Available in illustrated paperback, audio-books and e-books at all book stores. 

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Book 4 in the series/Beautiful illustrations


Interview ~~ Grace Burrowes, Author (conclusion)

interviews-authorsQ. As a fan, I noticed that you are published by a traditional publisher and have self-published some of your romances as well. Can you give other writers some tips about that?

GB. I’m actually onto my second trade house. I started with Sourcebooks and now write for Grand Central/Forever, in addition to my indie titles. I hesitated to indie publish because I’d heard it was, “so much work,” and all I wanted to do was write. I just kept feeding manuscripts down the trad pub chute, and I kick myself for that. Good career decisions are made based on good information, and “everybody says,” is not as useful what I say about my own experiences. I find trad pubbing a lot of work, in part because I don’t control the schedule, I don’t control development of the cover and meta data, I don’t control pricing or PR. I’m at the mercy of the trad house’s schedule, process, and agenda, and to some extent, their editorial preferences.

With indie publishing, there’s start up effort—setting up accounts, and rounding up a team to do editing, proofreading, covers, and virtual assistance. The reward though, in terms of creative, scheduling, editorial and financial control is enormous. I’m very fortunate to have worked with trad houses who are supportive of hybrid authors, but then, I couldn’t see signing a contract with a house that wasn’t.

Q. What makes a writer great?

grace-at-eilean-donan-1GB. The people whose company I treasure most work hard at being kind and telling the truth (both). They laugh a lot, love ferociously, listenGrace - age 8 respectfully, and take risks in the name of love. Great writing touches the heart and makes a lasting impression. As for a great writer… I’ll have to think on this. Generosity of spirit and humility come to mind, but so do passion and fierce, unapologetic ability.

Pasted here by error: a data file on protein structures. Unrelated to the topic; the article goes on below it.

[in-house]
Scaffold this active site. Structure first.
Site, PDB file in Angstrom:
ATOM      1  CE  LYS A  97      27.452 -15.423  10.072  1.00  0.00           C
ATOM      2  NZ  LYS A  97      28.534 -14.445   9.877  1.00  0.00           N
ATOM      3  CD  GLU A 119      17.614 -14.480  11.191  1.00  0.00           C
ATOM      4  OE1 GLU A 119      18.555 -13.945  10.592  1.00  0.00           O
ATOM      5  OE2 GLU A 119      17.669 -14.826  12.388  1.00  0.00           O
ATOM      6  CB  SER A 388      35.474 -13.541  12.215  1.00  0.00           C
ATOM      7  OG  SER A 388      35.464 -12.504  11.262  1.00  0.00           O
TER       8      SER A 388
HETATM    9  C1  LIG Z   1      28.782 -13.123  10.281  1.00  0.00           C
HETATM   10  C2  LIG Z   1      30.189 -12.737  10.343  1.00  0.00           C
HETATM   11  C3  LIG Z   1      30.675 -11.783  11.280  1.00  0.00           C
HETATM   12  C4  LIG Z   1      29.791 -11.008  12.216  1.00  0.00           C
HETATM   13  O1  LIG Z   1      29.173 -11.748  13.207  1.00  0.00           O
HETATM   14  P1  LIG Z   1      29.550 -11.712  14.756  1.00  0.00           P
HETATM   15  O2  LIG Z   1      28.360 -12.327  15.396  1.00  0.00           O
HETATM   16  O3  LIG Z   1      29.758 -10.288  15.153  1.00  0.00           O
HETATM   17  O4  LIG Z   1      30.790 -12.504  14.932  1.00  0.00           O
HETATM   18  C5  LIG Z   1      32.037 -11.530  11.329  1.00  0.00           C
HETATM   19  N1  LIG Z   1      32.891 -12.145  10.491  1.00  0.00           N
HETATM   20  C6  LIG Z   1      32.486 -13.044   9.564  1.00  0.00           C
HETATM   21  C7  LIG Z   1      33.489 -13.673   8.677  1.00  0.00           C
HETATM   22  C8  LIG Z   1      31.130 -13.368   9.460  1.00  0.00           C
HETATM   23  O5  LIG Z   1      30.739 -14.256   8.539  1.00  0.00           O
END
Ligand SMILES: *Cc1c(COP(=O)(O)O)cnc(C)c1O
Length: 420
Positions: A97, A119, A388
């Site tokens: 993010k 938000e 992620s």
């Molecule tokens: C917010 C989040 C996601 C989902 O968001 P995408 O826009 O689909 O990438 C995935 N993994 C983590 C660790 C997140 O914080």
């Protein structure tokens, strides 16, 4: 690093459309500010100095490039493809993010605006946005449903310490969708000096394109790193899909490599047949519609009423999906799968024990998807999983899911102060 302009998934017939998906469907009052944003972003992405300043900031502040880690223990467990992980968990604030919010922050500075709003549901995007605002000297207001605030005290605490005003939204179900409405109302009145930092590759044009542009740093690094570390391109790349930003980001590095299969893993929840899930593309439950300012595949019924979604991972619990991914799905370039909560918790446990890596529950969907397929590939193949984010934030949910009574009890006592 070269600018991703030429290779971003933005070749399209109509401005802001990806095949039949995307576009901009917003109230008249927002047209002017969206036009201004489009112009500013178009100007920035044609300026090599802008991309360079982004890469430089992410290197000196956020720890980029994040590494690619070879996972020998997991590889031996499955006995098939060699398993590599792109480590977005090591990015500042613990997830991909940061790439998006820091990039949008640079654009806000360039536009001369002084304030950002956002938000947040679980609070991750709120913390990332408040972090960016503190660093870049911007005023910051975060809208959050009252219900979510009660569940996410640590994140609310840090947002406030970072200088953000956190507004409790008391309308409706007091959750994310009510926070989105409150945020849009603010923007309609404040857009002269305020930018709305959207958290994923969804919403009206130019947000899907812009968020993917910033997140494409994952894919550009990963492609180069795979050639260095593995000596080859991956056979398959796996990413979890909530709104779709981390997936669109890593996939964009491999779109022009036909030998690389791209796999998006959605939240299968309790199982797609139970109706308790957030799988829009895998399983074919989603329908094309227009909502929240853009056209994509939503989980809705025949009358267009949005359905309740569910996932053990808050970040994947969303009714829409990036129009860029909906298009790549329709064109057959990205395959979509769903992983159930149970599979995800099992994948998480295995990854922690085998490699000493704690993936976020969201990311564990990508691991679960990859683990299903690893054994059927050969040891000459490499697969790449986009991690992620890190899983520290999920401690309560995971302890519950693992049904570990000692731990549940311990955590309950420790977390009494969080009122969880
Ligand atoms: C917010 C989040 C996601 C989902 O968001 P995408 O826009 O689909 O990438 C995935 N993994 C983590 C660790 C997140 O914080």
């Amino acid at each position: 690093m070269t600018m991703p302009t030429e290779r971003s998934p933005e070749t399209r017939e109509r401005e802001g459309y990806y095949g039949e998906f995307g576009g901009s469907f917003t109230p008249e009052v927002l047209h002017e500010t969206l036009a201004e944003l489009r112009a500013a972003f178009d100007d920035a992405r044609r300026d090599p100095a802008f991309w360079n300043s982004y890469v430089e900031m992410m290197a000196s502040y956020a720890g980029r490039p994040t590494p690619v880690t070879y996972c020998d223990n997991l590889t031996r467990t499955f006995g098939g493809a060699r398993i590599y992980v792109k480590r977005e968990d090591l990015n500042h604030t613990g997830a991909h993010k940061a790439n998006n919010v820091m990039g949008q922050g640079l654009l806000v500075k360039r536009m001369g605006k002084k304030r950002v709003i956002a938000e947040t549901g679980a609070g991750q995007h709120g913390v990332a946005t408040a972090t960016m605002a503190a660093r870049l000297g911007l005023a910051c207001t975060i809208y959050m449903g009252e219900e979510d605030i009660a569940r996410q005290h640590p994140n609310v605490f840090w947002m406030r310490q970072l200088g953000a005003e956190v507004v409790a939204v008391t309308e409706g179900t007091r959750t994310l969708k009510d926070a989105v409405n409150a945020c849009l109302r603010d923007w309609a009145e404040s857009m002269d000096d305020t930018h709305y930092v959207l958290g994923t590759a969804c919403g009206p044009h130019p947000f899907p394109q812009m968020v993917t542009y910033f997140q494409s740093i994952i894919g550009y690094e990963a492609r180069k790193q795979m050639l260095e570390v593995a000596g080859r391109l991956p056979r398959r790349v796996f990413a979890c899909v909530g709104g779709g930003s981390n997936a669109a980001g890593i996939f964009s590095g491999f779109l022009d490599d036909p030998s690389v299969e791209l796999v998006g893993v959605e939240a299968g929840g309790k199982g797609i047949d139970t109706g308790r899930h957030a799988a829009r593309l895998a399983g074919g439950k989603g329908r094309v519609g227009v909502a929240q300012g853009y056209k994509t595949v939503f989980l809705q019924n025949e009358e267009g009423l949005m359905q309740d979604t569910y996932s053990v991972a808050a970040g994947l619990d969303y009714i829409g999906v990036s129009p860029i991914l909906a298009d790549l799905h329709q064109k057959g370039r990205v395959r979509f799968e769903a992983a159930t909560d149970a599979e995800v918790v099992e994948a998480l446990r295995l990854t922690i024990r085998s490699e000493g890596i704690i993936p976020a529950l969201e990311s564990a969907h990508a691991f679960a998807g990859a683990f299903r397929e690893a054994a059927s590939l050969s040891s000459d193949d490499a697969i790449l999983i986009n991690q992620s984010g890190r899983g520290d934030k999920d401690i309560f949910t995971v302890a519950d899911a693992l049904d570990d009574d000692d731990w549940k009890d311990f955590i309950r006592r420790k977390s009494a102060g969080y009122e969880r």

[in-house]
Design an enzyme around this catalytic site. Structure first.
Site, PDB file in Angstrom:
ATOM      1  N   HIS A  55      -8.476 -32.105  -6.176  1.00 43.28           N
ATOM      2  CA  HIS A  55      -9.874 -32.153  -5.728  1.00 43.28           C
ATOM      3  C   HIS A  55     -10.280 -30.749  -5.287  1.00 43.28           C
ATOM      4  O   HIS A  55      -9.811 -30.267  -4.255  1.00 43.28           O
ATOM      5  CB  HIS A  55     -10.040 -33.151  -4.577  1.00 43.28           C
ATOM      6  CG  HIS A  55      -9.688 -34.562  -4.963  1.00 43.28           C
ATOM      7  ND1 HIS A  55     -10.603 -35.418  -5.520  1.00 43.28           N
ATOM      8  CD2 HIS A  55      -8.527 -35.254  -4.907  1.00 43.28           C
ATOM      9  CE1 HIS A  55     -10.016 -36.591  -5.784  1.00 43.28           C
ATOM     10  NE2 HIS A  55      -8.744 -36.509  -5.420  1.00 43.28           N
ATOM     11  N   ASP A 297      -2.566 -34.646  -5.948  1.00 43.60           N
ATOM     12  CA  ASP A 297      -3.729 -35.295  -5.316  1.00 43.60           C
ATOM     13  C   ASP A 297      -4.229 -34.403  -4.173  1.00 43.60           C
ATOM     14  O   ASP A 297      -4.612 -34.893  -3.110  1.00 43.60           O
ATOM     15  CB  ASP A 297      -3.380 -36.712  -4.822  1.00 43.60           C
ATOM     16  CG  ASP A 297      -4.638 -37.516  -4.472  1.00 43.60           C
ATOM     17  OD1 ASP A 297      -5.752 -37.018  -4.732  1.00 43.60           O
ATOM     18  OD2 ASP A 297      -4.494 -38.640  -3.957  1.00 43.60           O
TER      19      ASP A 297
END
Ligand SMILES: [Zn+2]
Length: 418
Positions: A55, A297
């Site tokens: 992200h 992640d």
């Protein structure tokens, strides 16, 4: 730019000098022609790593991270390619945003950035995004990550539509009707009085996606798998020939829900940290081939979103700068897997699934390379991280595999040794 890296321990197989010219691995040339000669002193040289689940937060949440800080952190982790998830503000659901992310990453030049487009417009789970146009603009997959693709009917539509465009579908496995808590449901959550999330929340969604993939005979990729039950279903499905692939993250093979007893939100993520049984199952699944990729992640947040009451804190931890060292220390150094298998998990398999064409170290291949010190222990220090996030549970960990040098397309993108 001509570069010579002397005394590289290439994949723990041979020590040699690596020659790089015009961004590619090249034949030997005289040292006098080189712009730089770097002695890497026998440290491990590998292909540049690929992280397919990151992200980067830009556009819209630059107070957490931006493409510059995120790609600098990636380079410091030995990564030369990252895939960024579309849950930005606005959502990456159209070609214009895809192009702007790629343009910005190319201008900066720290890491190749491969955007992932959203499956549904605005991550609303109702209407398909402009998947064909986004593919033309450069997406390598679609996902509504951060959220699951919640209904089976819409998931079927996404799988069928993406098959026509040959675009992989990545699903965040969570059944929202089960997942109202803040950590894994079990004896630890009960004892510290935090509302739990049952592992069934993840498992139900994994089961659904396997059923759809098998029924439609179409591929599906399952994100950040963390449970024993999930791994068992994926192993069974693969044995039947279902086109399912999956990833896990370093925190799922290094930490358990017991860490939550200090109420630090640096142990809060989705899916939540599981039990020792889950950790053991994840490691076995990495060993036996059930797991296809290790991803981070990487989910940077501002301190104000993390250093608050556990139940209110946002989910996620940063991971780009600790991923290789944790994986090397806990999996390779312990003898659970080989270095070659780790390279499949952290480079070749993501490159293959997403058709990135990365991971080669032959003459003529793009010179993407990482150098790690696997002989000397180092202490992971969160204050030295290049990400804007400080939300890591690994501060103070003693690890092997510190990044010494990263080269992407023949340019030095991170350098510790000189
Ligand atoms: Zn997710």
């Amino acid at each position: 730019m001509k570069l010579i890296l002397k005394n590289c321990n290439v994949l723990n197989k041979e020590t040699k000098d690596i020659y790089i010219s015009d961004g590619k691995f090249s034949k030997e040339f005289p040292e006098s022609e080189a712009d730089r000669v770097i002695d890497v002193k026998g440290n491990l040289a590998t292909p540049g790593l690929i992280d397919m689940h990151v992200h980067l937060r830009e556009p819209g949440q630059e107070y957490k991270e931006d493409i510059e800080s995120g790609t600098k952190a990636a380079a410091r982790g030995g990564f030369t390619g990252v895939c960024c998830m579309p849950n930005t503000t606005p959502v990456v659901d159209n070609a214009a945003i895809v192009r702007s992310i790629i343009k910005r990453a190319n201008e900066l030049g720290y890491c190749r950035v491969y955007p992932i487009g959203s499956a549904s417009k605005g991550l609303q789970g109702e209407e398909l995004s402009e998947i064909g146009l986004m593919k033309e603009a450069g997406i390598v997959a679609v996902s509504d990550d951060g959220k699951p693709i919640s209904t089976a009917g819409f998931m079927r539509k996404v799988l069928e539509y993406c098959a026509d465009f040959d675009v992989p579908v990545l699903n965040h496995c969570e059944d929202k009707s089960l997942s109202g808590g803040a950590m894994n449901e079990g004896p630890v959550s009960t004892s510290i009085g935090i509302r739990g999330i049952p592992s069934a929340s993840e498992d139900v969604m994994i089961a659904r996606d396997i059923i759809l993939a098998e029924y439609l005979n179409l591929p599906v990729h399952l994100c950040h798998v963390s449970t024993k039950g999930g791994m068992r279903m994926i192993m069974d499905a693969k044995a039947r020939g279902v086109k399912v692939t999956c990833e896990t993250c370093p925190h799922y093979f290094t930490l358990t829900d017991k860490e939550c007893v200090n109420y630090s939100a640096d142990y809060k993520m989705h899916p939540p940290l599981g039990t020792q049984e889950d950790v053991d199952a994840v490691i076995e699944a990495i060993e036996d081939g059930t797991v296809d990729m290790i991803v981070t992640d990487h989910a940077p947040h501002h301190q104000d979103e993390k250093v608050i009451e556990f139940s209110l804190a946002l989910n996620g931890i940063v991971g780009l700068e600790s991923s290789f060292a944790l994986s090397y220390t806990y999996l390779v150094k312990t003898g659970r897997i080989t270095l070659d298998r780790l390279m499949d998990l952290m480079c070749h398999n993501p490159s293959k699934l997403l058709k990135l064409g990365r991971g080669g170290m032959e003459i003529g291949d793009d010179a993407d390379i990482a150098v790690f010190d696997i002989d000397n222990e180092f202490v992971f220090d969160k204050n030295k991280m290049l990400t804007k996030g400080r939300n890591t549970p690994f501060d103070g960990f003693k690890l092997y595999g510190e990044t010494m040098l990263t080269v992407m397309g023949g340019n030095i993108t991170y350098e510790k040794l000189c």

Q.    ….and the all important: What does the process of going from “no book” to “finished book” look like for you?

GB. I wake up one morning and roll around in bed waiting for a thought to coalesce that I can build a scene on. Could be a line of dialogue, could be a letter, could be a guy grousing to his horse about the burdens of bachelorhood. When I get something that leans toward dialogue or an opening hook (or I have to pee), I get out of bed and turn on the computer.

A scene emerges, and in that scene, I find a character, usually the hero of a romance novel. He has Troubles. I lurk in his hedges and ride pillion behind him, and scribble down any scenes he’ll give me. He also has a heroine intent on her own story, and she gets the same treatment from me. I haunt my characters until I can pry a story loose from them.

I write the opening scenes and the meet, launch the character arcs, introduce a few secondary characters, and then the begging begins. I crawl around on all fours, searching, searching, for an external conflict. To quote the brilliant and humble Joanna Bourne, “Liking, attraction, and respect pull them together. Something real, substantial, and interesting must push them apart.”

jack-683x1024If the universe is kind, the external conflict reveals itself in a flash of insight—the universe is seldom kind. I impose on friends, I talk to myself, I toss away scenes, I mutter profanities and plan trips to Scotland, and eventually, I will see the tail of an external conflict peeking out at me from under a pile of clean laundry.

By then, I’ve often gotten a handle on the main characters’ defining traumas, and that sheds light on how to write the big black moment.

Creating a rough draft usually takes from eight to ten weeks, and then it’s on to polishing, polishing, polishing. I’m awful about talking heads/white room syndrome, echoes, oh, my sins are legion…. At some point, the manuscript has to go into cold storage while I work on other stuff, then it gets another buffing and goes into production.

I try to keep at least two, more often three projects going at once, so that if any one of them needs a rest, I can forge ahead on the others. I am happier working like this, and it seems to result in the most progress overall.

Q. How have your life experiences influenced your writing?

GB. That’s a big question. My life experiences include being the sixth out of seven children in an academic family. I had to learn to use words early and well if I wanted to be noticed. I also had to learn to entertain myself, hence books and imaginative play. I’m a child welfare attorney, single mom, horse girl, animal lover, former musician, and I have a master’s degree in conflict transformation. It all goes in the pot, as does my belief in the power of loving and being loved.

Q. Have you or do you want to write in another genre`?

GB. I’m toying with a historical mystery series, mostly because I love to read them.

Q. Is there anything else you’d like our readers to know?

G.B. One of the quotes I keep handy, because our business can be very unfair and daunting, is from Stephen King: “If you can do it for joy, you can do it forever.” Words to write by!